Yes, any customer is a good customer. But some will spend more, buy more profitable products, be less of a hassle. If all your customers were those kind of customers, your business would be in a healthier, happier place, right? Customer targeting simply means moving from ‘who likes my stuff?’ to ‘who do I like selling my stuff to the best?’
Knowing the answer to that question can help you design products and packages that appeal to your target customer, thereby attracting the customers that make your business most successful.
Entertaining this process can be especially fruitful for solopreneurs, people who largely freelance or work for themselves, because as a smaller shop, attracting the right customers is absolutely key to making the business flourish financially. A bad customer (or a product/service that isn’t clearly stated and costs too much to fulfill) can kill your profit margin and cause many sleepless nights.
Luckily there are some basic exercises solopreneurs can take to narrow in on what qualities those ideal customers have. And the feedback process of testing out new marketing approaches can return results quickly.
Here are some qualities most of us desire in our customers:
- Loyalty to your brand
- Big spends
- Repeat business
- Prompt payment
- Courtesy and kindness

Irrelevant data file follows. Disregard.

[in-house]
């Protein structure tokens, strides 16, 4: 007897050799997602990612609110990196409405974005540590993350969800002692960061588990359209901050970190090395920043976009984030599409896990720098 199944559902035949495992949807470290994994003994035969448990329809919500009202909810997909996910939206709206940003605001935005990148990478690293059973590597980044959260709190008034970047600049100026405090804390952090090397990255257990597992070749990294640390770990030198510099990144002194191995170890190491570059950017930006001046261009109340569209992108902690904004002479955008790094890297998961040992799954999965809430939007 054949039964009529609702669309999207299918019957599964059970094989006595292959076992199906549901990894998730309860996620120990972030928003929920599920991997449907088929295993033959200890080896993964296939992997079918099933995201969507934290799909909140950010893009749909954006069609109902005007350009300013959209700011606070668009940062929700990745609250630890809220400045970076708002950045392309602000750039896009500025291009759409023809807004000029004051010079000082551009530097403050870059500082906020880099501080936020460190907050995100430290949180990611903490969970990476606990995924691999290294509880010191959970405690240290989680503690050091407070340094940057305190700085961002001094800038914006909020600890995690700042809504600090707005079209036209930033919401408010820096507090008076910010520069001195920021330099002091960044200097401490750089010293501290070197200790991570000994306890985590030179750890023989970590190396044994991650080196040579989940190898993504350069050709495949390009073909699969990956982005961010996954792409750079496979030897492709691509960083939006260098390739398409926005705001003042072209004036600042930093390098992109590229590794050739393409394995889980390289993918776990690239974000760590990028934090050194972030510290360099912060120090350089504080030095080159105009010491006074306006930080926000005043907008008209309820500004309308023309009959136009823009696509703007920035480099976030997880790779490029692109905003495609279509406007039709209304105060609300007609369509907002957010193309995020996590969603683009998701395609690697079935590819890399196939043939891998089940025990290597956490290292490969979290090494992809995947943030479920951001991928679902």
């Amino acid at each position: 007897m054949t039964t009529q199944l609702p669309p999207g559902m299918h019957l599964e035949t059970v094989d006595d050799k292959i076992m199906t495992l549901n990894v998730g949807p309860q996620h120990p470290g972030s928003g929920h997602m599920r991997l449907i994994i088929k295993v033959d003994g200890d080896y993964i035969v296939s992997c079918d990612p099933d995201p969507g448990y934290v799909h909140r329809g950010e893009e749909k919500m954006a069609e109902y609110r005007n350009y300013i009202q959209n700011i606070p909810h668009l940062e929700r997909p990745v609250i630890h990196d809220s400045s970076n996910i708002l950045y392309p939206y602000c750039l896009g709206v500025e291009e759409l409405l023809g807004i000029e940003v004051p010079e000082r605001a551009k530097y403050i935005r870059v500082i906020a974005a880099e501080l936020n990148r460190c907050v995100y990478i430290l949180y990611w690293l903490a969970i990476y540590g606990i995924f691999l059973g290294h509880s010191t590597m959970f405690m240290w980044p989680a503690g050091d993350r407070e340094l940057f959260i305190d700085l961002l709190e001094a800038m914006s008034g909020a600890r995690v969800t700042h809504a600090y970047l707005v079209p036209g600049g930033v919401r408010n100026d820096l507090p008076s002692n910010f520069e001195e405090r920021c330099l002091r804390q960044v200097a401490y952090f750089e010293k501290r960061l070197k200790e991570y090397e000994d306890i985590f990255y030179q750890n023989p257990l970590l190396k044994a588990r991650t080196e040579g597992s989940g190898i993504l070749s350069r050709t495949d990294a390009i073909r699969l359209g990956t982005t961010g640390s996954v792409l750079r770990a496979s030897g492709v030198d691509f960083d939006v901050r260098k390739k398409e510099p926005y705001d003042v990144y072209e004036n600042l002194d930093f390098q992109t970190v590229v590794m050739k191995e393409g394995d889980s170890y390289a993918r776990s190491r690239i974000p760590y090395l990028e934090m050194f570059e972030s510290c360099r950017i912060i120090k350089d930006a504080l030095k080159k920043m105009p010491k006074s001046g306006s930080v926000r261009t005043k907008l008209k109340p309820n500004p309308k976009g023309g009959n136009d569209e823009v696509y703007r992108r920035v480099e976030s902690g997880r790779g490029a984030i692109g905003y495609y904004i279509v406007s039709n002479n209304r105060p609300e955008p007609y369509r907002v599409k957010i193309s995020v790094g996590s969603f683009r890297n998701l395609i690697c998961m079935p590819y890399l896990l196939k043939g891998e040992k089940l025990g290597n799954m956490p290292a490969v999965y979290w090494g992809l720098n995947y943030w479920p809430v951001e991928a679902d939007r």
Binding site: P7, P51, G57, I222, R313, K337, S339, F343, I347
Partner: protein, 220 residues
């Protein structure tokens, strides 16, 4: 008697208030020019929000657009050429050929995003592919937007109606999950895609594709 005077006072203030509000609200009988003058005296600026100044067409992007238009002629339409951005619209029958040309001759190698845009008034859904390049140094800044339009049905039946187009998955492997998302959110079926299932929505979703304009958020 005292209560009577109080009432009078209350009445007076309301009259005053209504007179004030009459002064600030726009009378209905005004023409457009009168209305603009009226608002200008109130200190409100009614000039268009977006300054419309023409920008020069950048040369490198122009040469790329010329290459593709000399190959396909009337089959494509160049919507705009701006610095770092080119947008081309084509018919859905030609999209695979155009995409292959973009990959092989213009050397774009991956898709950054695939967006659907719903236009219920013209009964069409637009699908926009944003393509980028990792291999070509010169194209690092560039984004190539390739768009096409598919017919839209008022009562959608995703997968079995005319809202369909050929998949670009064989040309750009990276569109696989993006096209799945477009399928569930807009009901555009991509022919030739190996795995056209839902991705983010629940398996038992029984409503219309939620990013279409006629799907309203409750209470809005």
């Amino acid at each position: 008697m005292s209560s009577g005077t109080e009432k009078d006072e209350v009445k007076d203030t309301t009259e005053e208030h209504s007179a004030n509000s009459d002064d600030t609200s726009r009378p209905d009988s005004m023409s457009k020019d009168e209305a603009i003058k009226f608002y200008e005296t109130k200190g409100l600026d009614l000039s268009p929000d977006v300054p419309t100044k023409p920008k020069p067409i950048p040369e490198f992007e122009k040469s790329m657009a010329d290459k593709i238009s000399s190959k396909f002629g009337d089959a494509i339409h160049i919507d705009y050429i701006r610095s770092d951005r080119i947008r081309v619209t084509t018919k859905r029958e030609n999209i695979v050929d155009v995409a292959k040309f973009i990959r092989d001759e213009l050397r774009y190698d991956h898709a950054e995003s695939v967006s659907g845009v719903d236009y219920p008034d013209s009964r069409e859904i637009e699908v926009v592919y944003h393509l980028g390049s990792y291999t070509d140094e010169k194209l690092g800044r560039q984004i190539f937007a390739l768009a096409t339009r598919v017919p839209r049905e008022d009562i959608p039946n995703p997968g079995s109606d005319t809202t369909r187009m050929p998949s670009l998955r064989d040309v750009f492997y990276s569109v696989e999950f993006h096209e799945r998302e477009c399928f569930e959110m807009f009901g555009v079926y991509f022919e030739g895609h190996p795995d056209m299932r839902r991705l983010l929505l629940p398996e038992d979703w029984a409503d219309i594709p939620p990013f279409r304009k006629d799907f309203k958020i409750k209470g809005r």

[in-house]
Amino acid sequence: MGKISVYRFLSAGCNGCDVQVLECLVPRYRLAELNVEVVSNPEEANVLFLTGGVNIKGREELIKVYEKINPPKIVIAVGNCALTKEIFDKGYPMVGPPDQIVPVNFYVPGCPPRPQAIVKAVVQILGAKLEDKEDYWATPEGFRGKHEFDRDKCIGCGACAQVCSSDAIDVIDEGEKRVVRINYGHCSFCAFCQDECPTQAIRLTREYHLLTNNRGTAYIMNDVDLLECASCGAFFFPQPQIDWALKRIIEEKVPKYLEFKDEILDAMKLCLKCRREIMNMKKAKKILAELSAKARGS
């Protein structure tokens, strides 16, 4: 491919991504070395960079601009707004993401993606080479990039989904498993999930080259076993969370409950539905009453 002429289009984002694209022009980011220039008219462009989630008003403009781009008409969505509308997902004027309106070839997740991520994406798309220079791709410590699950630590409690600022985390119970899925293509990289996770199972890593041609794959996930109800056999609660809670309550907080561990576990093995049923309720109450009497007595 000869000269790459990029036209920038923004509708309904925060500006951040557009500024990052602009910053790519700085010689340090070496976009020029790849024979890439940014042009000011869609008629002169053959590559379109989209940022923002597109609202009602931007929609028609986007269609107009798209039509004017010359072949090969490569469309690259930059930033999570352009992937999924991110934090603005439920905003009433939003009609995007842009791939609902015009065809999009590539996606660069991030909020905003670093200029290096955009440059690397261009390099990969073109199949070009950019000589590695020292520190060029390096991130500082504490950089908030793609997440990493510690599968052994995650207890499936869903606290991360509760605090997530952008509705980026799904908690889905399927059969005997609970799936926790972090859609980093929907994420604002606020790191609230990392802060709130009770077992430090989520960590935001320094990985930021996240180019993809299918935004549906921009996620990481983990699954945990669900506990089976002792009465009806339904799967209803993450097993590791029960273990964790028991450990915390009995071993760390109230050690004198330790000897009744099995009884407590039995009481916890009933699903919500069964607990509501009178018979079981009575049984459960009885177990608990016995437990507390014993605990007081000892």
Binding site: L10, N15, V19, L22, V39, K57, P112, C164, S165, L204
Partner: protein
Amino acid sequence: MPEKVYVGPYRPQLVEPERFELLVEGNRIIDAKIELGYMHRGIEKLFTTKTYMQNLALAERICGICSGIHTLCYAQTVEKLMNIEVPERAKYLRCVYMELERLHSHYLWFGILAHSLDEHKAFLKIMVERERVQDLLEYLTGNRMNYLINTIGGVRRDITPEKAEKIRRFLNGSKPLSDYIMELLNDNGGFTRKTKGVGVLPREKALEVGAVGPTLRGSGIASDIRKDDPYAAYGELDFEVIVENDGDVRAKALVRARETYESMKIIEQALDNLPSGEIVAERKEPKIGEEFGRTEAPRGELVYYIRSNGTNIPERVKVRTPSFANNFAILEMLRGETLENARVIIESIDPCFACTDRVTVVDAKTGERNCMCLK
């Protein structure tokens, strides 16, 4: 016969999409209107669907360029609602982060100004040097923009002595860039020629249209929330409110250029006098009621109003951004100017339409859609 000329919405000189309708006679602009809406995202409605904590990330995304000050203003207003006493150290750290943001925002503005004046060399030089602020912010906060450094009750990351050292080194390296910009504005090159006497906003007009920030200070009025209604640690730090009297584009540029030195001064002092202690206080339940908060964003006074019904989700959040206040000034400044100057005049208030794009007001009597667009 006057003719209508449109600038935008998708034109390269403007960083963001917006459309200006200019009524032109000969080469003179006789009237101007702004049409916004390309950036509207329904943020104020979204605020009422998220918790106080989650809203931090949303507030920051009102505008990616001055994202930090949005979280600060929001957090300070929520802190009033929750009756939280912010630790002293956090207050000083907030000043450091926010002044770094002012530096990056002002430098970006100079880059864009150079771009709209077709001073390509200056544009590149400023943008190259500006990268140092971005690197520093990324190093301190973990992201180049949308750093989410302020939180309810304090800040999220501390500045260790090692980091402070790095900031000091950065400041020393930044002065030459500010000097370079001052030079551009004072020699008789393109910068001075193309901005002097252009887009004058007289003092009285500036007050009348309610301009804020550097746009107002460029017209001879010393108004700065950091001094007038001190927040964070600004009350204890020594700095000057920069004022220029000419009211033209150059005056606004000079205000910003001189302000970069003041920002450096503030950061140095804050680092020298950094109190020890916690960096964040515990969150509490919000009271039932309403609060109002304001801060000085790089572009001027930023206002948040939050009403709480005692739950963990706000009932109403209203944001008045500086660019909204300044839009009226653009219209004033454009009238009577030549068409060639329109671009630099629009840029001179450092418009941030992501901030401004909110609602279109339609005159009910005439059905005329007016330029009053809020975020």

- Word-of-mouth promotion of your product or service
More specifics will vary based on the business:
- Is it a product or a service?
- What kind? What are the demographics of the people that buy it?
- Do you sell to end users (B to C) or another business (B to B),
- Are you online or brick and mortar?
- How do customers find you?
To identify the profile of your “best” customers, simply take a look in the rearview mirror. Who was fun to work with? Who was happiest with your work? Who came back for more? Who was most profitable for your business? Make a list of your top customers from the previous year and spend some time thinking about what they had in common. It could be any number of things: location; demographic similarities like age, gender, race or religion; industry; how they found you; the types of products you sold them. Just to name a few.
Once we identify who the best customers were and what they had in common, it’s time to actualize. If all the best buyers for your Etsy shop were in a certain age range, that can inform your marketing strategies. If a certain product has a profit margin that beats the others, let’s make more of those. If they all come from a certain industry, let’s focus our outreach there and create some marketing collateral especially for those markets.
As you can imagine, this process can be as detailed or as high-level, as quick or as time consuming as you would like. I like to focus on the fast evaluations that will give you new avenues to grow your business right now. Contact Jen@btargeted.com to find out more.